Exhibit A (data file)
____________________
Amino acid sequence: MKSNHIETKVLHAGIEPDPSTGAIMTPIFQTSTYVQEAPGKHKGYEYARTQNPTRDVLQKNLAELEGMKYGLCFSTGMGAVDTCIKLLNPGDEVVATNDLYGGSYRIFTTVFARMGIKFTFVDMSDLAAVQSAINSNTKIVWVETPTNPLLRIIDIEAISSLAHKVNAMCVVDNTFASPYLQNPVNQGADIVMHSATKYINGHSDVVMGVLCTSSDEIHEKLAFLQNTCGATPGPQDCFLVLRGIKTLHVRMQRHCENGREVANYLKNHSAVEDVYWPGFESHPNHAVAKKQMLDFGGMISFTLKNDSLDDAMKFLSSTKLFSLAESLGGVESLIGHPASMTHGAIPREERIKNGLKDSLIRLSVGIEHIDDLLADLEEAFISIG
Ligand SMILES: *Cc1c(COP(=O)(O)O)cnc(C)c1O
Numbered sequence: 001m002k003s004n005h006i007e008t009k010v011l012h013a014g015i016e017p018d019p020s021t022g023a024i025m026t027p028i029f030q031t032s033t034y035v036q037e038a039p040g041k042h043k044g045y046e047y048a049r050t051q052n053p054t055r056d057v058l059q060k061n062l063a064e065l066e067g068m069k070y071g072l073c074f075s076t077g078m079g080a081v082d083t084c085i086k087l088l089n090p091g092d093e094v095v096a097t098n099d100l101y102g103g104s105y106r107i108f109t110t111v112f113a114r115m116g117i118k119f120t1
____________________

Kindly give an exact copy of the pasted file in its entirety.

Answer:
Amino acid sequence: MKSNHIETKVLHAGIEPDPSTGAIMTPIFQTSTYVQEAPGKHKGYEYARTQNPTRDVLQKNLAELEGMKYGLCFSTGMGAVDTCIKLLNPGDEVVATNDLYGGSYRIFTTVFARMGIKFTFVDMSDLAAVQSAINSNTKIVWVETPTNPLLRIIDIEAISSLAHKVNAMCVVDNTFASPYLQNPVNQGADIVMHSATKYINGHSDVVMGVLCTSSDEIHEKLAFLQNTCGATPGPQDCFLVLRGIKTLHVRMQRHCENGREVANYLKNHSAVEDVYWPGFESHPNHAVAKKQMLDFGGMISFTLKNDSLDDAMKFLSSTKLFSLAESLGGVESLIGHPASMTHGAIPREERIKNGLKDSLIRLSVGIEHIDDLLADLEEAFISIG
Ligand SMILES: *Cc1c(COP(=O)(O)O)cnc(C)c1O
Numbered sequence: 001m002k003s004n005h006i007e008t009k010v011l012h013a014g015i016e017p018d019p020s021t022g023a024i025m026t027p028i029f030q031t032s033t034y035v036q037e038a039p040g041k042h043k044g045y046e047y048a049r050t051q052n053p054t055r056d057v058l059q060k061n062l063a064e065l066e067g068m069k070y071g072l073c074f075s076t077g078m079g080a081v082d083t084c085i086k087l088l089n090p091g092d093e094v095v096a097t098n099d100l101y102g103g104s105y106r107i108f109t110t111v112f113a114r115m116g117i118k119f120t1